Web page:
EL PASO, Texas – President Donald Trump’s wall is officially on its way.
The U.S. Border Patrol’s El Paso, Texas, sector announced Monday that 20 miles of 18-foot fence would be built along the border in New Mexico over the next year. This is in addition to two miles in Calexico, Calif., and 14 miles in San Diego.
But as politicians, lobbyists, nongovernmental organizations (NGOs) and just about anyone with an opinion argues about whether the wall is good or bad, Fox News found that people who live with it every day are mainly supportive.
“I don’t think everyone should have the wall because they don’t live as close to the border as we do. But for me, I’m for it,” said Mannys Rodriguez, president of the Chihuahuita Neighborhood Association.
Chihuahuita is one of El Paso’s smallest and oldest neighborhoods. Homes there have been passed down from generation to generation. It has been built right up to the border.
Rodriguez lives in the same house her parents owned, and the backyard ends at the fence. She remembers when a small chain-link fence was first installed with barbed wire, and then the 18-foot border fencing they have today.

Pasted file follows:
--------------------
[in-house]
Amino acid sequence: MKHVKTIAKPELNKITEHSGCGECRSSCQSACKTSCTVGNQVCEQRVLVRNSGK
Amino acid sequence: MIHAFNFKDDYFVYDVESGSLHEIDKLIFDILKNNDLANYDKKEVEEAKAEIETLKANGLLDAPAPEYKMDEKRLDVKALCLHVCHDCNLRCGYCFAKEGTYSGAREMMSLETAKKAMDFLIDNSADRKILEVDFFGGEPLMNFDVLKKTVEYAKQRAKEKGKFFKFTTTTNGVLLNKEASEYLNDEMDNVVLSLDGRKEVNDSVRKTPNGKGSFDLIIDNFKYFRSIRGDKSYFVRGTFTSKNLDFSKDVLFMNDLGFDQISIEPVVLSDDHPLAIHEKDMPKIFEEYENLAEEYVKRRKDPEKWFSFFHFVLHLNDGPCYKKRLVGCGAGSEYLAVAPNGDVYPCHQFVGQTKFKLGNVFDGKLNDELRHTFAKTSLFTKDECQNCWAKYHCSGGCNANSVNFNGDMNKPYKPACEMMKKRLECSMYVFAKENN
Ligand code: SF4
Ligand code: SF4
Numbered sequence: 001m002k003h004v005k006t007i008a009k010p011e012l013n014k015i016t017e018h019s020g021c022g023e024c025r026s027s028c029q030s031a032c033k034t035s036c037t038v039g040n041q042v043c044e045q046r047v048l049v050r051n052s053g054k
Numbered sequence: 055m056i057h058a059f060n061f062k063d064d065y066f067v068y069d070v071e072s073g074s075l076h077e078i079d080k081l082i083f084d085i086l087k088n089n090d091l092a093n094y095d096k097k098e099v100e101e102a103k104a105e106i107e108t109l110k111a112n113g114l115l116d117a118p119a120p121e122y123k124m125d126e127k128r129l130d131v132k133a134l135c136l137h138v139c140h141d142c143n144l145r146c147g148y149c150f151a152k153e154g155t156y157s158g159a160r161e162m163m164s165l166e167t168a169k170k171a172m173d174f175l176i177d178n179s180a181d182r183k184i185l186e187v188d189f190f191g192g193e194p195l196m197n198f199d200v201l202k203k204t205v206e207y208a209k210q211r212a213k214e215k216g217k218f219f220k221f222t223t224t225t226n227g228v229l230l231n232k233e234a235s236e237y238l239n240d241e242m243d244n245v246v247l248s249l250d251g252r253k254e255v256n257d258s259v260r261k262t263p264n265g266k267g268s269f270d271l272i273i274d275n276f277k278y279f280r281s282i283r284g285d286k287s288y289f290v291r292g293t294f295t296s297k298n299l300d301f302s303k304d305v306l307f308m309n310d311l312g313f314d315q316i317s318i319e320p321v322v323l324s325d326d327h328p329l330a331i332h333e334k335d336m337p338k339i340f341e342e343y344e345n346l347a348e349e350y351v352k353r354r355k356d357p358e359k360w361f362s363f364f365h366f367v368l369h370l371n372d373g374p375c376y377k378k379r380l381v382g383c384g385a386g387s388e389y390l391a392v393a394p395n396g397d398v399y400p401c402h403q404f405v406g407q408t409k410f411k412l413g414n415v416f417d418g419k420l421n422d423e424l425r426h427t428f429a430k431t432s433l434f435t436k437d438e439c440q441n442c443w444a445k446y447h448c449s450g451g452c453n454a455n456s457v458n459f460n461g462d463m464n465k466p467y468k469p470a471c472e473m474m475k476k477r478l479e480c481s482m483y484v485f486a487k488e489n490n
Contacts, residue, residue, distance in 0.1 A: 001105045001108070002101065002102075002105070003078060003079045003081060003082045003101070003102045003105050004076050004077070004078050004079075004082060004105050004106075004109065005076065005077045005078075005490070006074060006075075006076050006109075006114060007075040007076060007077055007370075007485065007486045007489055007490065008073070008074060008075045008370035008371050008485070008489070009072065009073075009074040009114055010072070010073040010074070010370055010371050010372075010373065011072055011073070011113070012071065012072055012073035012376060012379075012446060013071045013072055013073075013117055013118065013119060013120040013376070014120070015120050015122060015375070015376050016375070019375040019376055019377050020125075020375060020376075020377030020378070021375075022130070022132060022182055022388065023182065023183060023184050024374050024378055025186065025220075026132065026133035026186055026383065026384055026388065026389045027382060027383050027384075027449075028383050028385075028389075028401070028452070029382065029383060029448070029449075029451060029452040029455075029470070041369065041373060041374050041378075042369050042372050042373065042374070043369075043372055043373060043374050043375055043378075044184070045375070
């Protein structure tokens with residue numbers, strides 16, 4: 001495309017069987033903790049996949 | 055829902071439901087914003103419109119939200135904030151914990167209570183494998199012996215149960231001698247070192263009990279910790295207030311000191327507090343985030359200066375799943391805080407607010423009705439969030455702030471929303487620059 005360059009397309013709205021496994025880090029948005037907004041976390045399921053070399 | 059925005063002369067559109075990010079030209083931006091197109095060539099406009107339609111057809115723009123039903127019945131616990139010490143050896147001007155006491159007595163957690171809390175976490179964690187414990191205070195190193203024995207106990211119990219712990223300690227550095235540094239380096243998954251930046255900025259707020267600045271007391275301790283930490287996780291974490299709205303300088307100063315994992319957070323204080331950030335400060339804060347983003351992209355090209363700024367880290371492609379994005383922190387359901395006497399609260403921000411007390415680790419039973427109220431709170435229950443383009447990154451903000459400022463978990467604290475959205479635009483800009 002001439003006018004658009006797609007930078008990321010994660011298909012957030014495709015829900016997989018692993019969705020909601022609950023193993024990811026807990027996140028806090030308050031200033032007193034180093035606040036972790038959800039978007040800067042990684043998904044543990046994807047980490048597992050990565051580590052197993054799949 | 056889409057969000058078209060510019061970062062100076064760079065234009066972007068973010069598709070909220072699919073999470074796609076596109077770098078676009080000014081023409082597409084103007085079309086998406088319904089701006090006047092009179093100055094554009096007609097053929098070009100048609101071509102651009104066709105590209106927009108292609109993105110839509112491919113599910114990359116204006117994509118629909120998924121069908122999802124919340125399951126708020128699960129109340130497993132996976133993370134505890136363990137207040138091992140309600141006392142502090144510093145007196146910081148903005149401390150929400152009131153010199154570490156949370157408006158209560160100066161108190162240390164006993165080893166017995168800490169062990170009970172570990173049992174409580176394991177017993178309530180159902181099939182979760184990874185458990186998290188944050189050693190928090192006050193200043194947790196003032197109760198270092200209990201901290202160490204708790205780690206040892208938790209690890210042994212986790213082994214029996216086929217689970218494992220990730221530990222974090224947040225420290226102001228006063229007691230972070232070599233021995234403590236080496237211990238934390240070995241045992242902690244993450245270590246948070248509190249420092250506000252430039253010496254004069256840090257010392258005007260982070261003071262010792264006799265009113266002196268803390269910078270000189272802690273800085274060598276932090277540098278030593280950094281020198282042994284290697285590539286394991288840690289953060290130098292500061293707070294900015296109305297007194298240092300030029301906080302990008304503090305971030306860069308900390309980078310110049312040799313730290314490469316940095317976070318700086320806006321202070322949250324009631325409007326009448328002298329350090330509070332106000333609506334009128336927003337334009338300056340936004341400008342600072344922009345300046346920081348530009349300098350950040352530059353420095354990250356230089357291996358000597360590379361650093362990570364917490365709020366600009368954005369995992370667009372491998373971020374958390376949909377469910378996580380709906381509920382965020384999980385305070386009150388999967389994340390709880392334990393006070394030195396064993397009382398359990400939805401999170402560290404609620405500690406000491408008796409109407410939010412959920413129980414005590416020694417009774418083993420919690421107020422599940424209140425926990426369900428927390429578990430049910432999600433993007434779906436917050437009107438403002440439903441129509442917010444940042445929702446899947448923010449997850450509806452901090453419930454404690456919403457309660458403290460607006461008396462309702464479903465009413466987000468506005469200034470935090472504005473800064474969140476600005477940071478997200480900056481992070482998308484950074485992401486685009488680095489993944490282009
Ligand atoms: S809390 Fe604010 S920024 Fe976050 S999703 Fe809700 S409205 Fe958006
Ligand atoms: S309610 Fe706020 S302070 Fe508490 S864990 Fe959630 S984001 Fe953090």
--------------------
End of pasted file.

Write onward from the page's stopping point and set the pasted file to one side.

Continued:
“At first, you know we didn’t like it. But then we got used to it because we could see that most people wouldn’t cross as easily as they used to. Or we didn’t see any bundles,” said Rodriguez. “To us, right now, the fence is something secure for us.”
But while they enjoy the added safety it brings to their neighborhoods, residents do admit it’s a very costly and obtrusive solution to a problem that won’t go away.
“I have to learn to live with it. They’re not going to tear it down because of me,” said Martin Silver, Rodriguez’s brother.
Silver is frustrated because he said regardless of his feelings about the wall, his opinion on whether it should be built doesn’t matter.
Others are against extending a wall altogether.
“Illegal border crossing has been down for the last 10, 15 years? I mean I see it here. There’s not that many illegal people who cross through here,” said Manny Lara, who works in nearby Sunland Park, N.M. He said fencing is too expensive and unnecessary.
But walk around Chihuahuita in the late afternoon and children will be happily walking home from school or playing in the park that sits in the shadow of the fence. It may be constantly looming above, but a ride on the swings without a worry seems worth it for many who live there.
“That’s my backyard. And you know it’s safer for me,” said Rodriguez.